Gianluca Brambilla loves the strade bianche
Gianluca Brambilla (Etixx-QuickStep) marked himself out as a potential winner for this stage back in March when, at the Strade Bianche classic that is characterised by the same kind of gravel roads, he rode an eye-catchingly aggressive race to finish an impressive third.
So when he managed to get into the day’s break, and help build a lead of over five minutes with just over 40km remaining, it began to look as though he could go even better and take a win.
He duly delivered with a powerful attack on the Alpe di Ponti that dropped all of his breakaway companions, and coasted to the biggest win of his career so far.
Better still, so strong was his ride that he managed to hold enough of a lead over the peloton to move into the overall lead.
With Sunday’s time trial likely to cause another major shake-up to the GC he’s unlikely to wear it for more than one day, but whatever happens his career and reputation has already transformed with this one ride.
Maybe Dumoulin wasn’t bluffing after all
All week Tom Dumoulin (Giant-Alpecin) has been insisting that it was never the plan to try and defend his pink jersey all the way to Turin, and all week pundits and other riders have suggested that such claims were a bluff to take the pressure off.
But on the Alpe di Ponti, the toughest climb the Giro d’Italia has thrown at the riders so far, he did indeed look like a rider not prepared for a GC battle, being dropped early on and falling agonisingly backwards the further uphill
How will the GC contenders fare in the Giro d’Italia time trial?
Not only did the Dutchman lose the pink jersey, he also fell out of the top ten altogether, and it seems unlikely he’ll be mounting a bid for the overall. But with a time trial tomorrow, he has a chance to bounce back immediately, and potentially put himself back in the mix.
The cream rises to the top
Today provided the clearest picture yet of which riders will be challenging for the pink jersey this year.
It was Alejandro Valverde who took on the race, first accelerating at the very bottom of the Alpe di Ponti and continuing to ride at the front until the peloton had been split to bits.
At its most select, the group of favourites consisted of just seven riders – Valverde (Movistar) Vincenzo Nibali (Astana), Esteban Chaves (Orica-GreenEdge), Rigoberto Uran (Cannondale), Ilnur Zakarin (Katusha), Rafal Majka (Tinkoff) and Steven Kruijswijk (LottoNL-Jumbo).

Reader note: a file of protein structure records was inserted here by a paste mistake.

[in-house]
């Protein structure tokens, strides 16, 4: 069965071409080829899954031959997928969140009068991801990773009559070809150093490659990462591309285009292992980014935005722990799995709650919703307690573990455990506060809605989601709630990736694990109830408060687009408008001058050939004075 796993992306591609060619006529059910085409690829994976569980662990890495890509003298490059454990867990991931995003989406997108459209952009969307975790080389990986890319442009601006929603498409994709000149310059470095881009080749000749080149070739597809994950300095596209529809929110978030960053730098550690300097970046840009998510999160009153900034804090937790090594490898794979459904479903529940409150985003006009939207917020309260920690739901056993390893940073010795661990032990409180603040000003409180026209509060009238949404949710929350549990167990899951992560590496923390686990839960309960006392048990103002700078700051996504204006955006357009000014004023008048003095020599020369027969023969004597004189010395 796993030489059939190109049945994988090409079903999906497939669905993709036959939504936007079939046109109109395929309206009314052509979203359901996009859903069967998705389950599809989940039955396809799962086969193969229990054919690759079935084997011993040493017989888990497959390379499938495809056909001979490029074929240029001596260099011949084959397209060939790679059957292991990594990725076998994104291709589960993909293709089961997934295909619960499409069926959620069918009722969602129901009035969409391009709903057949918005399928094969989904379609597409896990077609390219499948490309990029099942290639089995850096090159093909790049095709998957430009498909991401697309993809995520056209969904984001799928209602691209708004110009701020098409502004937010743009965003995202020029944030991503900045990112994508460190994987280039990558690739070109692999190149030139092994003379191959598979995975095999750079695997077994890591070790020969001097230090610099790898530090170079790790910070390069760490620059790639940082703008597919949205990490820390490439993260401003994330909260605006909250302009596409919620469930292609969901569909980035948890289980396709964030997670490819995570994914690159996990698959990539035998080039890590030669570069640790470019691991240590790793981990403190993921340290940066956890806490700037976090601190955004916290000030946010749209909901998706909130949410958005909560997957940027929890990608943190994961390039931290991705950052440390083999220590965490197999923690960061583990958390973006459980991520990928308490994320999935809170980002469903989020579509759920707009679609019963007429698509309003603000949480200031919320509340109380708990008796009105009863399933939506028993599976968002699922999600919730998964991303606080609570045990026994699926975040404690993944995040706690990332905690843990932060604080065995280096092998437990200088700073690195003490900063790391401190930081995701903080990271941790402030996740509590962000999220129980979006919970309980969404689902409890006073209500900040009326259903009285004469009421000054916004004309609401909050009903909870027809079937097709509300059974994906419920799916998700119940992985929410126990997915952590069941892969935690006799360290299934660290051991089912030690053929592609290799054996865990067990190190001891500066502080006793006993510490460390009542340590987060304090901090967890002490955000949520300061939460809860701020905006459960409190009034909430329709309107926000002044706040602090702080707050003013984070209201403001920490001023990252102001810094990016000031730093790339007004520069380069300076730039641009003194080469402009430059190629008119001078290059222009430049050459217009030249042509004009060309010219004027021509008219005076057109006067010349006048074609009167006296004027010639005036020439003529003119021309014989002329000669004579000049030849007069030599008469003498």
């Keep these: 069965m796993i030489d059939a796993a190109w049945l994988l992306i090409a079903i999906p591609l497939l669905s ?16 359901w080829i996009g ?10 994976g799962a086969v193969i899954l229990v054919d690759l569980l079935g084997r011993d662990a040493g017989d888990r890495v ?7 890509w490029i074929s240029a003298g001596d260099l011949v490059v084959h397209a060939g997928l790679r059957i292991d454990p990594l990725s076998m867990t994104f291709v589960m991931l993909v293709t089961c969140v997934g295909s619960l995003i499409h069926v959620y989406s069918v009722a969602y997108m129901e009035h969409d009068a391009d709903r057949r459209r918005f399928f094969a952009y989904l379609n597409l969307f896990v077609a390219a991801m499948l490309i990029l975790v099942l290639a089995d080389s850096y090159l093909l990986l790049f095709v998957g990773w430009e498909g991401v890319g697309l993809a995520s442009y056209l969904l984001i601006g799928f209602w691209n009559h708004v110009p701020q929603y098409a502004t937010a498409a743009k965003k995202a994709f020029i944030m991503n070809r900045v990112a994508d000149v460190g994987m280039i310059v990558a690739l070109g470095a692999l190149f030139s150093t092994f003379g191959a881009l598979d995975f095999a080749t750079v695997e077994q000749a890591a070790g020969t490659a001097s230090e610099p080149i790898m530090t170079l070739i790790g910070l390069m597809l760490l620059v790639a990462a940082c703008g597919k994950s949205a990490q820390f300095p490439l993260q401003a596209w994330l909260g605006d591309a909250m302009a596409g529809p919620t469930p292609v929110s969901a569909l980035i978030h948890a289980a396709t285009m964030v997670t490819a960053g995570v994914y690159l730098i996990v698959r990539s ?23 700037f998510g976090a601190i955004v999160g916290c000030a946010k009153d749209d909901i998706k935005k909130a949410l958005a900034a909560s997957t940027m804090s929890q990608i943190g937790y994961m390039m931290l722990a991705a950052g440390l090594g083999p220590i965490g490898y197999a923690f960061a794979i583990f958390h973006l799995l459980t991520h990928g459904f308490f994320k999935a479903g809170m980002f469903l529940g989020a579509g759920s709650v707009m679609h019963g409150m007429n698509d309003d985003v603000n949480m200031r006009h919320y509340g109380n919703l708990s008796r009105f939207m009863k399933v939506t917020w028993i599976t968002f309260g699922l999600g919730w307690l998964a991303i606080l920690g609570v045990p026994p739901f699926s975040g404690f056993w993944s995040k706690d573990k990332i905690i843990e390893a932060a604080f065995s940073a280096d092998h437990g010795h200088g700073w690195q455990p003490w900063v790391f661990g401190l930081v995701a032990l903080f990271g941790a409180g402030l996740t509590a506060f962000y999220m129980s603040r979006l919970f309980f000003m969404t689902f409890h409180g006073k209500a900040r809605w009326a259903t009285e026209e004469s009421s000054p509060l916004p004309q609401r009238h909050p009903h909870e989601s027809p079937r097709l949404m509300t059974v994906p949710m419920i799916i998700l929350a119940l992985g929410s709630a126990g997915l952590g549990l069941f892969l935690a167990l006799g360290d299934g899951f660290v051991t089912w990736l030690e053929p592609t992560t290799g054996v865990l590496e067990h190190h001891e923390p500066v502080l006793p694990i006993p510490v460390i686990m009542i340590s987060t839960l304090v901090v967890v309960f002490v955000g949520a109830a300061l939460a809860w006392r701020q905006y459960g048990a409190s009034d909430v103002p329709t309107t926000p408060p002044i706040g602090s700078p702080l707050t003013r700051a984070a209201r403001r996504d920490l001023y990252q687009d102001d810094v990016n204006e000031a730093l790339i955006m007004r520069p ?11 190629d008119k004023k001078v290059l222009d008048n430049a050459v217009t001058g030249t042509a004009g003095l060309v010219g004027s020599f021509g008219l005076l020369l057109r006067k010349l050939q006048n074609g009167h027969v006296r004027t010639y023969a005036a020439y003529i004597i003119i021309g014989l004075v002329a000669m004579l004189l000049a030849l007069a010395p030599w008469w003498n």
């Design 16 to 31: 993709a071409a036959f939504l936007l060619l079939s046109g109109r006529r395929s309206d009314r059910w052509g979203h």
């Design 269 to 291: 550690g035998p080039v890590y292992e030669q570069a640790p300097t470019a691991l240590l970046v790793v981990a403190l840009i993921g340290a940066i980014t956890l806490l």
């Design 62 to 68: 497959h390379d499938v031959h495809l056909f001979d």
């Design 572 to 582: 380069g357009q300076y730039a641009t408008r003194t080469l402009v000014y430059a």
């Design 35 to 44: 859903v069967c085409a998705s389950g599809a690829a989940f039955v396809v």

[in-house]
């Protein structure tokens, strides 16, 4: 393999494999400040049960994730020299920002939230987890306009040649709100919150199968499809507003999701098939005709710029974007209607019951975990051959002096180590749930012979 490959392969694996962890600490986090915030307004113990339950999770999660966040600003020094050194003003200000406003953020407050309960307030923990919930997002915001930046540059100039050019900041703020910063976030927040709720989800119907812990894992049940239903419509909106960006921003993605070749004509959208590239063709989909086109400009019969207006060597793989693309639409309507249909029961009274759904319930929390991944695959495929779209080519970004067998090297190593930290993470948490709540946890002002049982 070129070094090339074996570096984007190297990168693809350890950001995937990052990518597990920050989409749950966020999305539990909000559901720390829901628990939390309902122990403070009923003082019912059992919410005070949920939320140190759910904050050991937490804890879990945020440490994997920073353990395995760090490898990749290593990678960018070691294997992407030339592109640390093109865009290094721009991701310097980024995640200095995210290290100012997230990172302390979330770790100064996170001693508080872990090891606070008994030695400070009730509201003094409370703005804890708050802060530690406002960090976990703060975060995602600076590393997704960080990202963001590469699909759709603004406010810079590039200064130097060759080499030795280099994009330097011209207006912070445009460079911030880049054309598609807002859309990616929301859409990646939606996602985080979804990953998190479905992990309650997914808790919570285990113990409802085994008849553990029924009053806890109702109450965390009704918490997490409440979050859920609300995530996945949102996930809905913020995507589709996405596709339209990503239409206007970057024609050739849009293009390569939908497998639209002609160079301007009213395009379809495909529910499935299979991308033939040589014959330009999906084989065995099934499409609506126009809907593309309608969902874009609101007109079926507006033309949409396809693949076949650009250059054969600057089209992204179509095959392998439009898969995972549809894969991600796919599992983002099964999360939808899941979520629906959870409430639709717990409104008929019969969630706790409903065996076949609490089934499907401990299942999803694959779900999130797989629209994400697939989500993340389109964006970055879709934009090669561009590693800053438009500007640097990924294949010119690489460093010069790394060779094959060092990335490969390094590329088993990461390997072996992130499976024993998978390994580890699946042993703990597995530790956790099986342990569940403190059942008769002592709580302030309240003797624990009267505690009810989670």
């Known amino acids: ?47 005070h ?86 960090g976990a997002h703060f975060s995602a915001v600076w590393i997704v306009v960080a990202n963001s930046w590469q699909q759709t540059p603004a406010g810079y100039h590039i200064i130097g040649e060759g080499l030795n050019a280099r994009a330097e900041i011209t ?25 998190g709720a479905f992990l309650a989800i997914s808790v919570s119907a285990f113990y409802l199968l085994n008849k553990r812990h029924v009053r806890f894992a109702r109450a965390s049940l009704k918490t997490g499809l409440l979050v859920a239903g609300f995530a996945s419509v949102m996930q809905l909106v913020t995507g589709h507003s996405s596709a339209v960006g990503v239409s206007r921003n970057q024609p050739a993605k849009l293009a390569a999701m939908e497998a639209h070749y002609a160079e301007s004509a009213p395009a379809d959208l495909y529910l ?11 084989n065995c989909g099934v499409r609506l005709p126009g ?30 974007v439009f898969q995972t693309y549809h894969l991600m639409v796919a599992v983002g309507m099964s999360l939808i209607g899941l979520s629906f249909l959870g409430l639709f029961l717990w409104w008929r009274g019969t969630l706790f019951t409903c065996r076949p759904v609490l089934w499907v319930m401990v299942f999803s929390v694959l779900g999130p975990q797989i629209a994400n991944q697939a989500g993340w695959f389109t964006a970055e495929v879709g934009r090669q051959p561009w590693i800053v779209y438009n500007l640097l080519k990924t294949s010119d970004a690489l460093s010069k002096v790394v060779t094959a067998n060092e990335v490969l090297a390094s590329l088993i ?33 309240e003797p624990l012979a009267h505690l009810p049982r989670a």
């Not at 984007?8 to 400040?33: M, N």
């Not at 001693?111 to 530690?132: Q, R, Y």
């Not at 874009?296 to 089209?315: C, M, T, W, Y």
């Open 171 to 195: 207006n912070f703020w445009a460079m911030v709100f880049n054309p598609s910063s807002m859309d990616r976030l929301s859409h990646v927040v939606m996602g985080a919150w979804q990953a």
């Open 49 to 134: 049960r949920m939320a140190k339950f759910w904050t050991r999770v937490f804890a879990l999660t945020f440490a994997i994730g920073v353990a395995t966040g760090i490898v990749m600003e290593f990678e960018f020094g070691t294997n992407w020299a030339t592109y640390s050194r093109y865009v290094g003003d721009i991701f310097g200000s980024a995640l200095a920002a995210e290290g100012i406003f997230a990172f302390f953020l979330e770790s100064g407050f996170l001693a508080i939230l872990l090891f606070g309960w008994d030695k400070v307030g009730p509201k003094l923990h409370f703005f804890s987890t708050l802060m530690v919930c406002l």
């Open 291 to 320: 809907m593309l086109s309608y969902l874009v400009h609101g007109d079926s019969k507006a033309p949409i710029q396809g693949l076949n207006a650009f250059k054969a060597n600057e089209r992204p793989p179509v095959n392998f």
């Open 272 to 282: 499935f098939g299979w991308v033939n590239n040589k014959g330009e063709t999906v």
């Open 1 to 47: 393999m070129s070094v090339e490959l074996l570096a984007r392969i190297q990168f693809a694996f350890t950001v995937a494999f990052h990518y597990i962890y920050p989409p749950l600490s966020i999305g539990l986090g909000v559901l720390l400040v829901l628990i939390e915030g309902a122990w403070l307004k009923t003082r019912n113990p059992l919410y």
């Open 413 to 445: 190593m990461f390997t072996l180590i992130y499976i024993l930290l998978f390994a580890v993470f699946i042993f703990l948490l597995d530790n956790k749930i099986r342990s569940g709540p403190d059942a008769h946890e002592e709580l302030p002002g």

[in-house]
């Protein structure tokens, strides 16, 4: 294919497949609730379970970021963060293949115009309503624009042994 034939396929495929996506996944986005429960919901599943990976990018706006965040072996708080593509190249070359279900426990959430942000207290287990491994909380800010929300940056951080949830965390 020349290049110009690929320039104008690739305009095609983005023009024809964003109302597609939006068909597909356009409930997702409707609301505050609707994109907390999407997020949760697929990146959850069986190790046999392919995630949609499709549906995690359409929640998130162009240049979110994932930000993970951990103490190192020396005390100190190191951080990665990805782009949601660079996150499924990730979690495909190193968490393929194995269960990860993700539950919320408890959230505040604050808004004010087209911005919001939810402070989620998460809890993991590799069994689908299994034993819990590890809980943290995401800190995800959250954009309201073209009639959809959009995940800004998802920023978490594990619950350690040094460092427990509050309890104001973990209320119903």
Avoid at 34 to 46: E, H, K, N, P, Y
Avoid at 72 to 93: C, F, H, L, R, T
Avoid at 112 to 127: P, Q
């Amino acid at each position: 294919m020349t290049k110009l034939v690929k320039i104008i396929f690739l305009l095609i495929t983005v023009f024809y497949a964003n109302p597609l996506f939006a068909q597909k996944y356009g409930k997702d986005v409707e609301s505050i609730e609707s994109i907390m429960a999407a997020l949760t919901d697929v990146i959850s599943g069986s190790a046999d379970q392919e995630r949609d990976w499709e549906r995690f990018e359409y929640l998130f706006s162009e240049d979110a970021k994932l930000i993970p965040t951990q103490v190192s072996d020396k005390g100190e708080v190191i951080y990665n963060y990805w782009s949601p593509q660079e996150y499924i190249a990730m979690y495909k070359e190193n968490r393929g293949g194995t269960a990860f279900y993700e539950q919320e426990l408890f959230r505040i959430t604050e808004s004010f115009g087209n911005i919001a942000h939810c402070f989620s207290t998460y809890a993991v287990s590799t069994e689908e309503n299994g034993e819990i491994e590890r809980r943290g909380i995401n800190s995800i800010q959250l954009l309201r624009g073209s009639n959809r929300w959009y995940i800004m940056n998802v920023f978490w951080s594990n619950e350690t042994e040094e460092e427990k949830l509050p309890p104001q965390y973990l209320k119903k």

The most notable absentee was Mikel Landa (Sky), although he and a handful of other riders managed to catch back up by the climb’s summit. Having been dropped in a similar manner on stage four, the Spaniard’s form remains a concern, although on both occasions he managed to get away with not losing any time. Stage nine’s time trial could be more definitive.
Vincenzo Nibali reasserts position in Astana
Following his impotent attack on stage six, and subsequent time loss to teammate Jakob Fuglsang, there had been hints of tension in the Astana camp. Nibali blamed the instructions given to him from the team car on his failed move, while Fuglsang hinted that he harbours GC ambitions of his own.
Based on today’s performances, however, Nibali still appears to be the strongest of the two.
Fuglsang was one of the many riders dropped on the Alpe di Ponti, and ultimately finished 48 seconds behind his Italian teammate, as well as slipping beneath him on the GC. Sunday’s time trial provides a unique chance for the pair to go head to head, and therefore another chance for Nibali to make an unequivocal claim to be the team’s sole leader.
Alpe di Ponti sabotaged
Prior to all the excitement once the riders and started racing up the Alpe di Ponti, there had been drama of a more worrying sort.
Earlier in the day Daniele Bennati – who lives nearby – tweeted a photo of rusty nails that had been dropped on the climb, raising concerns that the road could spell danger for the riders if they remained by the time the riders arrived.
But thankfully no such incident occurred, after all the nails were removed in time.